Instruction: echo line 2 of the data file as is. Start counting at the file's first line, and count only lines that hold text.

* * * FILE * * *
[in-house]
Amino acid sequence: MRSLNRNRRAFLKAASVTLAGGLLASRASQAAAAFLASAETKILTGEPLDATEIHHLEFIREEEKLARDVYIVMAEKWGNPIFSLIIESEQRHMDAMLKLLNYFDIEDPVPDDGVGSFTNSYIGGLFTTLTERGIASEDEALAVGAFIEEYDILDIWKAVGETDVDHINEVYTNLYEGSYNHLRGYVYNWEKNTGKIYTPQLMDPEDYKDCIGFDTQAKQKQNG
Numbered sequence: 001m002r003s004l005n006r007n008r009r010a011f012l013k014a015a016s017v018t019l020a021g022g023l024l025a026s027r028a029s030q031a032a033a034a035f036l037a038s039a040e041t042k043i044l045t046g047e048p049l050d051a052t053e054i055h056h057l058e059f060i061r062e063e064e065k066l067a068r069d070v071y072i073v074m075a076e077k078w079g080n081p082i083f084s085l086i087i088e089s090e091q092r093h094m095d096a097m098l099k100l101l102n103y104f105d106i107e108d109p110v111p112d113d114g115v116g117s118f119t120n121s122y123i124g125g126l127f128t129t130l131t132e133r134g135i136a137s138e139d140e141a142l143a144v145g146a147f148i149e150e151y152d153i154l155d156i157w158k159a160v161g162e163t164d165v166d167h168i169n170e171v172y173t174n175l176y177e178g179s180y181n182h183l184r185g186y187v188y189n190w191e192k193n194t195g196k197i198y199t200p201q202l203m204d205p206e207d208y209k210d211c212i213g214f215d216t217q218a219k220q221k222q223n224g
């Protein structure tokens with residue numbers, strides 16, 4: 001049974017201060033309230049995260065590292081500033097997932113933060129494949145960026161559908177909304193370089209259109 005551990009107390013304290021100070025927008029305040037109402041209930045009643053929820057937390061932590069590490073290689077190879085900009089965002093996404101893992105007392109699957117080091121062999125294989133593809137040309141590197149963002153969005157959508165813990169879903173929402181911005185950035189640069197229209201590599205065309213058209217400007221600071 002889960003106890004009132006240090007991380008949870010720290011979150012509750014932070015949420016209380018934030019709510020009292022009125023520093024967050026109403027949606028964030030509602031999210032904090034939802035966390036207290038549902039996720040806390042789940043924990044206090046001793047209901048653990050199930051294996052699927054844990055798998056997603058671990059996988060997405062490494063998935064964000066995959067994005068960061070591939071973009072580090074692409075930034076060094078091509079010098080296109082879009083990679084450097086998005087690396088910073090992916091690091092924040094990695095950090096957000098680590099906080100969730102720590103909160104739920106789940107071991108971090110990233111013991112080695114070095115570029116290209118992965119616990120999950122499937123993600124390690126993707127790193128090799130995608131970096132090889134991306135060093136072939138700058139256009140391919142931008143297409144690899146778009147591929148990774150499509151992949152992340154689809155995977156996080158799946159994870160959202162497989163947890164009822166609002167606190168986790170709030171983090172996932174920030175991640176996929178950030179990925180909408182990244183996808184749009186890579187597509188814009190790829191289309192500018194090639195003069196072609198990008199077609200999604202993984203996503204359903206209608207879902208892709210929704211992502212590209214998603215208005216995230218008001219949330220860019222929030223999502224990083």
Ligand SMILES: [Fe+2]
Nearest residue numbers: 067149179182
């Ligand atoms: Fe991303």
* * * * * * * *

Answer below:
Amino acid sequence: MRSLNRNRRAFLKAASVTLAGGLLASRASQAAAAFLASAETKILTGEPLDATEIHHLEFIREEEKLARDVYIVMAEKWGNPIFSLIIESEQRHMDAMLKLLNYFDIEDPVPDDGVGSFTNSYIGGLFTTLTERGIASEDEALAVGAFIEEYDILDIWKAVGETDVDHINEVYTNLYEGSYNHLRGYVYNWEKNTGKIYTPQLMDPEDYKDCIGFDTQAKQKQNG